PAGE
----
Virtual Private Networks (VPN) have become increasingly important since the global Covid-19 pandemic forced billions of people around the world to shelter in their homes and rely on the internet more than ever before for work, entertainment and communication.
VPN demand surged by over 40% worldwide as lockdowns came into force – even doubling or more in 21 countries.
What is a VPN? It’s simple software that encrypts your internet connection, hides your location, protects you from surveillance and circumvents censorship.
A VPN is a powerful privacy and anti-censorship tool but there are inherent risks with using one. Unless a VPN provider has implemented measures to prevent it from happening, they can see – and potentially log – all your internet traffic.
This makes VPN traffic an appealing target for intelligence-gathering, especially so during this period of heightened demand.
The security risks posed by the involvement of companies like Huawei in the rollout of 5G outside of China are well-documented. Similarly, companies like Hikvision and Dahua have been blacklisted due to accusations that their surveillance technology has been used in state-sponsored human rights abuses in China.
The world has been slower to catch up to the dangers posed by Chinese ownership of free VPN apps with hundreds of millions of users.
These risks have intensified not only in light of the increased VPN demand but also as China seizes the opportunity posed by the pandemic to export its surveillance tech.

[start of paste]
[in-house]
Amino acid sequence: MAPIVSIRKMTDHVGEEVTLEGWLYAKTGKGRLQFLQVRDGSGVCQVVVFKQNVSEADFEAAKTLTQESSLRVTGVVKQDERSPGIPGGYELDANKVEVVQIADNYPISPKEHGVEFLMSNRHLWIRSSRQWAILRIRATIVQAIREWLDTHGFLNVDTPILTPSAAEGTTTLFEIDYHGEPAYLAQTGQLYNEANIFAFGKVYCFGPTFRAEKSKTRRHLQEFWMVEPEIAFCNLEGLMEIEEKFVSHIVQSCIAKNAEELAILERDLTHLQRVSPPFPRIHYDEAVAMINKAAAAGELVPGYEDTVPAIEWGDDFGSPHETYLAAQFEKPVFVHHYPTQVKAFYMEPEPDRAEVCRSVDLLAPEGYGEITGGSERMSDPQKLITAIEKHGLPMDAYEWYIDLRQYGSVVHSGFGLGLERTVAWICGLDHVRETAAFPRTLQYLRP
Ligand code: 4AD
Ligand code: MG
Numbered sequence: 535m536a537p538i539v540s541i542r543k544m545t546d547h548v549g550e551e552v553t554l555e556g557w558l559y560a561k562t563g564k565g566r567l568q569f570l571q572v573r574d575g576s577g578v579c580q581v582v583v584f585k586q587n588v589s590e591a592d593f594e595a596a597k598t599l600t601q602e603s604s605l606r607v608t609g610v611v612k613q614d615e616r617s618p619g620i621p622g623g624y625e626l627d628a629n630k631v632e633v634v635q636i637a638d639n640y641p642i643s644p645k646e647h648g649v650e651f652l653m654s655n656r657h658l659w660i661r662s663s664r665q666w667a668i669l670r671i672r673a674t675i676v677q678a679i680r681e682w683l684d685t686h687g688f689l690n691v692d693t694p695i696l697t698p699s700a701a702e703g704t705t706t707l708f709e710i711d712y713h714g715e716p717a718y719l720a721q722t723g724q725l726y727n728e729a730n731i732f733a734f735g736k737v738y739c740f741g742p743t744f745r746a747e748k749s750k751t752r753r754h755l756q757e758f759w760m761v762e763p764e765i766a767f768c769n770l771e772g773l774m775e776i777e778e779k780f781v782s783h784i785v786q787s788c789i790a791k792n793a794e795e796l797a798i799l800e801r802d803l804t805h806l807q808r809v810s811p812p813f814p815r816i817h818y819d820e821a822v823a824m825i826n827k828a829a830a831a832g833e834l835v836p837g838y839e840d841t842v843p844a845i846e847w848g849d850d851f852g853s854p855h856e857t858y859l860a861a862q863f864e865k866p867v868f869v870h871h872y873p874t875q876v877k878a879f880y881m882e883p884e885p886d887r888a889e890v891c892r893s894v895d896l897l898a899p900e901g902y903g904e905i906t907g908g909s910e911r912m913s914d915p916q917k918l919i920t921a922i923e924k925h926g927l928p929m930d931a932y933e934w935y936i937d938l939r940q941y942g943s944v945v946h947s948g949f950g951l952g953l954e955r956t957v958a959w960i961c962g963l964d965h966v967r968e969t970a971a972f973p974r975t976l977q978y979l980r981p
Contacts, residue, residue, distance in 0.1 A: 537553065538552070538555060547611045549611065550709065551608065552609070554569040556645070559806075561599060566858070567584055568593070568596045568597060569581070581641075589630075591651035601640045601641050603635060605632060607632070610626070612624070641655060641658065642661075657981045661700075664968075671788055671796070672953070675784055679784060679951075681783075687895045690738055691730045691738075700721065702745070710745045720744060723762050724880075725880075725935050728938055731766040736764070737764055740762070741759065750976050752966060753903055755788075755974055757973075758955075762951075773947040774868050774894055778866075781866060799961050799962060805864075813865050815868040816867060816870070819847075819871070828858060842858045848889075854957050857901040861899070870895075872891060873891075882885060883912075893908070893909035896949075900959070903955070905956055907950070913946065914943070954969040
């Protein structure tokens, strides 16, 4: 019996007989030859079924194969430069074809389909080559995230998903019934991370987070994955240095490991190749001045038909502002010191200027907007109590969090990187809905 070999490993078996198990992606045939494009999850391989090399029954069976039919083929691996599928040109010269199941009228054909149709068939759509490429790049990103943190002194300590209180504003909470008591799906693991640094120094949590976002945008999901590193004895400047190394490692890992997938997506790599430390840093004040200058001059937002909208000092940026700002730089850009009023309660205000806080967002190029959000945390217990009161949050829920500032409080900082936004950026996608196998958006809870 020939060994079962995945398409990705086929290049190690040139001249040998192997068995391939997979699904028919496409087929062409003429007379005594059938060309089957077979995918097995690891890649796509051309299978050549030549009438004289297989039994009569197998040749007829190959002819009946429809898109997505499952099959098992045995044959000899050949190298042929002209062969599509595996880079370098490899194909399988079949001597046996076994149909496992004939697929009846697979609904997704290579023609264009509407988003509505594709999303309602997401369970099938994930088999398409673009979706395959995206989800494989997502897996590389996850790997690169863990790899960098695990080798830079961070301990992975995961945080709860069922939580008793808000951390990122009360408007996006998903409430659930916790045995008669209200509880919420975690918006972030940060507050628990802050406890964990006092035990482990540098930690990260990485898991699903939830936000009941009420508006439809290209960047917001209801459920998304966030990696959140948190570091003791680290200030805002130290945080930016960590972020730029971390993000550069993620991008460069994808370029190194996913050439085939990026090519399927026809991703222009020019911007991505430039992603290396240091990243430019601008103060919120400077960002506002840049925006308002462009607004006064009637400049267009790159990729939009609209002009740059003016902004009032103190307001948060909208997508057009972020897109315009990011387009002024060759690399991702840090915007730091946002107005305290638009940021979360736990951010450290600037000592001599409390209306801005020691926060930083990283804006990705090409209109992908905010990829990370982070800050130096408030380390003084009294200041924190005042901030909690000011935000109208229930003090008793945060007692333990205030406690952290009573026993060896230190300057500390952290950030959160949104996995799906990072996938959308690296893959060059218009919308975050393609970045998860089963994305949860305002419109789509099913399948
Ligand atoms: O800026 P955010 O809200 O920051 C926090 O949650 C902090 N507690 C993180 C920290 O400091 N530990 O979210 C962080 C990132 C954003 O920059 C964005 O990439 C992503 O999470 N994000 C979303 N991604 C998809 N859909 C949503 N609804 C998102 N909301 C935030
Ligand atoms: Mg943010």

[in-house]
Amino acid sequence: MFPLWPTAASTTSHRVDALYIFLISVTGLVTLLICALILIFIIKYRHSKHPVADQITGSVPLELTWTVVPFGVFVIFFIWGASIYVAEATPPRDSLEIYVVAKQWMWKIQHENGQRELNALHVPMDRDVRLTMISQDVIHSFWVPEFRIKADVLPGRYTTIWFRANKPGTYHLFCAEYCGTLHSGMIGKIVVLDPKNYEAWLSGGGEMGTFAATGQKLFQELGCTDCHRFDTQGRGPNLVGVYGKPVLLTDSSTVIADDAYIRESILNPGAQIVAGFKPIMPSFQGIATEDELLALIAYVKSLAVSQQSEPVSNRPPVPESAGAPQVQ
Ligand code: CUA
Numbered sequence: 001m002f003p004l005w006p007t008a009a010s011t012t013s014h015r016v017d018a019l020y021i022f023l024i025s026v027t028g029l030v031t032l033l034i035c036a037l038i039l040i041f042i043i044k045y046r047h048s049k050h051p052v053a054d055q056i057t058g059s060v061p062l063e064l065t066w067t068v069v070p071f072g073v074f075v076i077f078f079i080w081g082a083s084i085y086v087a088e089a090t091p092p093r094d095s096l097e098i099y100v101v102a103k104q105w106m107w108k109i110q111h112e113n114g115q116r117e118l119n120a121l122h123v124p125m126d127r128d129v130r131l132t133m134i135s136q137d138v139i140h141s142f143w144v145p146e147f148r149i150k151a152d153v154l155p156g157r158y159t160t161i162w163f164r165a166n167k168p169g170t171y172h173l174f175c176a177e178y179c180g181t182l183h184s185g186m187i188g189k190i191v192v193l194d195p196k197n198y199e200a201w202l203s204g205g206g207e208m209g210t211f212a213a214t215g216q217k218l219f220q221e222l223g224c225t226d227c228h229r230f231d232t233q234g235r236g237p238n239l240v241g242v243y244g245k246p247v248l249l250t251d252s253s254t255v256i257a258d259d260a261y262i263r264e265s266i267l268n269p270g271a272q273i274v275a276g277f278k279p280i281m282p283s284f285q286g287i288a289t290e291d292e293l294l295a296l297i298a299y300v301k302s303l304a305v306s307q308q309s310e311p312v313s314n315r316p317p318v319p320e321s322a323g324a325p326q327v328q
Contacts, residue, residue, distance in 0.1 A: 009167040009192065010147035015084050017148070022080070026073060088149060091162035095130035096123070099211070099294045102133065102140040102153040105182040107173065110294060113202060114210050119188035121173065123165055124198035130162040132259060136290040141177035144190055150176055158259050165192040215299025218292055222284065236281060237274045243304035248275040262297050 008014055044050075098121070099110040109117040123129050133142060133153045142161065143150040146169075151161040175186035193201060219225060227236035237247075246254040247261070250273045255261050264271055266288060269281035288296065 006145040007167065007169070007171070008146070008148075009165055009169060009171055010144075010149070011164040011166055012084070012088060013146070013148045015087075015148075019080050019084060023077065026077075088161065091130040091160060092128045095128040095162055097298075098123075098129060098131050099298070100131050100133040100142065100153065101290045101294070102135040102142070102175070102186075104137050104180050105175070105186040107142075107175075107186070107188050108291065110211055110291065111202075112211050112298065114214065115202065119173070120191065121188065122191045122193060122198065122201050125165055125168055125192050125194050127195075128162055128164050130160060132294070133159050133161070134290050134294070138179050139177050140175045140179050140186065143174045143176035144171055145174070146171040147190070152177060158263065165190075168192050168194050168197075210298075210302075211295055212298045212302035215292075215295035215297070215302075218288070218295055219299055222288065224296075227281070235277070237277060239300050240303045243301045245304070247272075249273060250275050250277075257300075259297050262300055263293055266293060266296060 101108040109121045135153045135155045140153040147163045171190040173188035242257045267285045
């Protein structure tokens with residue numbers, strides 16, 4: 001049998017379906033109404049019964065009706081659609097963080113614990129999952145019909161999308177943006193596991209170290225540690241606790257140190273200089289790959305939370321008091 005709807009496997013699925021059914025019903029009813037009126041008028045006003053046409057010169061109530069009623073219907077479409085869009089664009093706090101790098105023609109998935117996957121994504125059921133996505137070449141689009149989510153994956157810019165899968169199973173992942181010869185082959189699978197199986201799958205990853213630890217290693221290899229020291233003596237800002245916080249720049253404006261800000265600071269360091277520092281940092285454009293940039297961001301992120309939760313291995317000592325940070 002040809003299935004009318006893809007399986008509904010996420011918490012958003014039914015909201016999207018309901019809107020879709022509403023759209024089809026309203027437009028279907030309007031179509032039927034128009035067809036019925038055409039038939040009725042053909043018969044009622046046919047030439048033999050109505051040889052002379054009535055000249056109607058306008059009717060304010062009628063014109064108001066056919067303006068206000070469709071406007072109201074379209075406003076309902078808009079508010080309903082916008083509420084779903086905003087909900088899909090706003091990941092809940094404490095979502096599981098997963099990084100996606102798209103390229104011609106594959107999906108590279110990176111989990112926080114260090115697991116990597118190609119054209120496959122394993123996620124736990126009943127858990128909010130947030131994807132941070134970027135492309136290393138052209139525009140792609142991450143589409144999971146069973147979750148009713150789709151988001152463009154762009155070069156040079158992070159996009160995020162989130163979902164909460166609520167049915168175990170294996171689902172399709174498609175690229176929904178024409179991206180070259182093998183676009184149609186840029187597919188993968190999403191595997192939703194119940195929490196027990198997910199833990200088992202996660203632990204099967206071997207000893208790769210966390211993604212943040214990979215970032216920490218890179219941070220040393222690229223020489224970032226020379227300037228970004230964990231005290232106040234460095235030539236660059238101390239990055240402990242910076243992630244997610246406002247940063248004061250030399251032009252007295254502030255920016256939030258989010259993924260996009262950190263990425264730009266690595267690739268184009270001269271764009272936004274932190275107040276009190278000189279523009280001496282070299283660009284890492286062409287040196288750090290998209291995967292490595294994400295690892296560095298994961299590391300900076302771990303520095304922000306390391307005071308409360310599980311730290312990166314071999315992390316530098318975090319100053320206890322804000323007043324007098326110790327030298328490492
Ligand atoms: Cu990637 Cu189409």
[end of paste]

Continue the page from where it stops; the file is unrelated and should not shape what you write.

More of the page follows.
We have been investigating free mobile VPN apps since 2018 and were the first to uncover the extent to which many of the most popular apps were secretly Chinese-owned, despite China’s strict ban on VPN and general hostility to internet freedom.
Shortly after we published this report, China introduced sweeping new security laws in Hong Kong. The powers allow for raids without a warrant, secret surveillance and confiscation of property related to national security offences. Authorities can also order the takedown of online material they believe breaches the law.
These changes make it much harder to argue that Hong Kong-registered VPN apps with mainland Chinese ownership are somehow beyond reach of Beijing.
It’s more important than ever to scrutinize those apps most vulnerable to state interference and raise awareness of the risks, so we reviewed the top 20 free mobile VPN apps in the US in each of Google Play and Apple’s App Store. We indentified 14 apps for further investigation of their ownership and corporate structure.
As well as digging into who’s behind these apps and identifying any red flags around overall credibility, we also analyzed their privacy policies.